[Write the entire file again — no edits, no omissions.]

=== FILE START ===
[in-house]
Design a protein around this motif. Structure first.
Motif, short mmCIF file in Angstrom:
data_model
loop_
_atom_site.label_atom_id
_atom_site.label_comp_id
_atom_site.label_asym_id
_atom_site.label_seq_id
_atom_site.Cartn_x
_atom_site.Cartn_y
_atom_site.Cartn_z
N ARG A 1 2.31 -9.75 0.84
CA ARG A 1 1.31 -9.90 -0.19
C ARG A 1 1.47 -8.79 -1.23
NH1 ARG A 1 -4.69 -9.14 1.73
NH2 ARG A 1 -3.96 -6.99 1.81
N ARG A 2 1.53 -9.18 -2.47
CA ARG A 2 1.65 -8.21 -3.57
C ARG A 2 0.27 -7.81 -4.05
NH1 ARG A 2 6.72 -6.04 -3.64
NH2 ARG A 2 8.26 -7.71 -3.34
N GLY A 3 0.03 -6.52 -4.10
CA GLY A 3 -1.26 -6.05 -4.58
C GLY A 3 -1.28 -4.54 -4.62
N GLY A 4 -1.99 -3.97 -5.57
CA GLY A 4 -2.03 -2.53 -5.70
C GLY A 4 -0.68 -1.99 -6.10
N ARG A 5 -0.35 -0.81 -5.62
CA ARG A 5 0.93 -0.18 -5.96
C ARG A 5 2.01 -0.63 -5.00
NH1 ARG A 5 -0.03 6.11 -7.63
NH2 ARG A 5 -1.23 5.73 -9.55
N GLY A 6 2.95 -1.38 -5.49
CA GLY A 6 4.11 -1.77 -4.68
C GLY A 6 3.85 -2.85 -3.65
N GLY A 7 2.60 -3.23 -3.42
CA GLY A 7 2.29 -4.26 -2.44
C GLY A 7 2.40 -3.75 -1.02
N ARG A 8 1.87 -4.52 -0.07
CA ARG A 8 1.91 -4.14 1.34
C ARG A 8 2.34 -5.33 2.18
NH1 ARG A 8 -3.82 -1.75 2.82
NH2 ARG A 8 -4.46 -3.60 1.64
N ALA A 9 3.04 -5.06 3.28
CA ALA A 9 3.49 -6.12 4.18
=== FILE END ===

[in-house]
Design a protein around this motif. Structure first.
Motif, short mmCIF file in Angstrom:
data_model
loop_
_atom_site.label_atom_id
_atom_site.label_comp_id
_atom_site.label_asym_id
_atom_site.label_seq_id
_atom_site.Cartn_x
_atom_site.Cartn_y
_atom_site.Cartn_z
N ARG A 1 2.31 -9.75 0.84
CA ARG A 1 1.31 -9.90 -0.19
C ARG A 1 1.47 -8.79 -1.23
NH1 ARG A 1 -4.69 -9.14 1.73
NH2 ARG A 1 -3.96 -6.99 1.81
N ARG A 2 1.53 -9.18 -2.47
CA ARG A 2 1.65 -8.21 -3.57
C ARG A 2 0.27 -7.81 -4.05
NH1 ARG A 2 6.72 -6.04 -3.64
NH2 ARG A 2 8.26 -7.71 -3.34
N GLY A 3 0.03 -6.52 -4.10
CA GLY A 3 -1.26 -6.05 -4.58
C GLY A 3 -1.28 -4.54 -4.62
N GLY A 4 -1.99 -3.97 -5.57
CA GLY A 4 -2.03 -2.53 -5.70
C GLY A 4 -0.68 -1.99 -6.10
N ARG A 5 -0.35 -0.81 -5.62
CA ARG A 5 0.93 -0.18 -5.96
C ARG A 5 2.01 -0.63 -5.00
NH1 ARG A 5 -0.03 6.11 -7.63
NH2 ARG A 5 -1.23 5.73 -9.55
N GLY A 6 2.95 -1.38 -5.49
CA GLY A 6 4.11 -1.77 -4.68
C GLY A 6 3.85 -2.85 -3.65
N GLY A 7 2.60 -3.23 -3.42
CA GLY A 7 2.29 -4.26 -2.44
C GLY A 7 2.40 -3.75 -1.02
N ARG A 8 1.87 -4.52 -0.07
CA ARG A 8 1.91 -4.14 1.34
C ARG A 8 2.34 -5.33 2.18
NH1 ARG A 8 -3.82 -1.75 2.82
NH2 ARG A 8 -4.46 -3.60 1.64
N ALA A 9 3.04 -5.06 3.28
CA ALA A 9 3.49 -6.12 4.18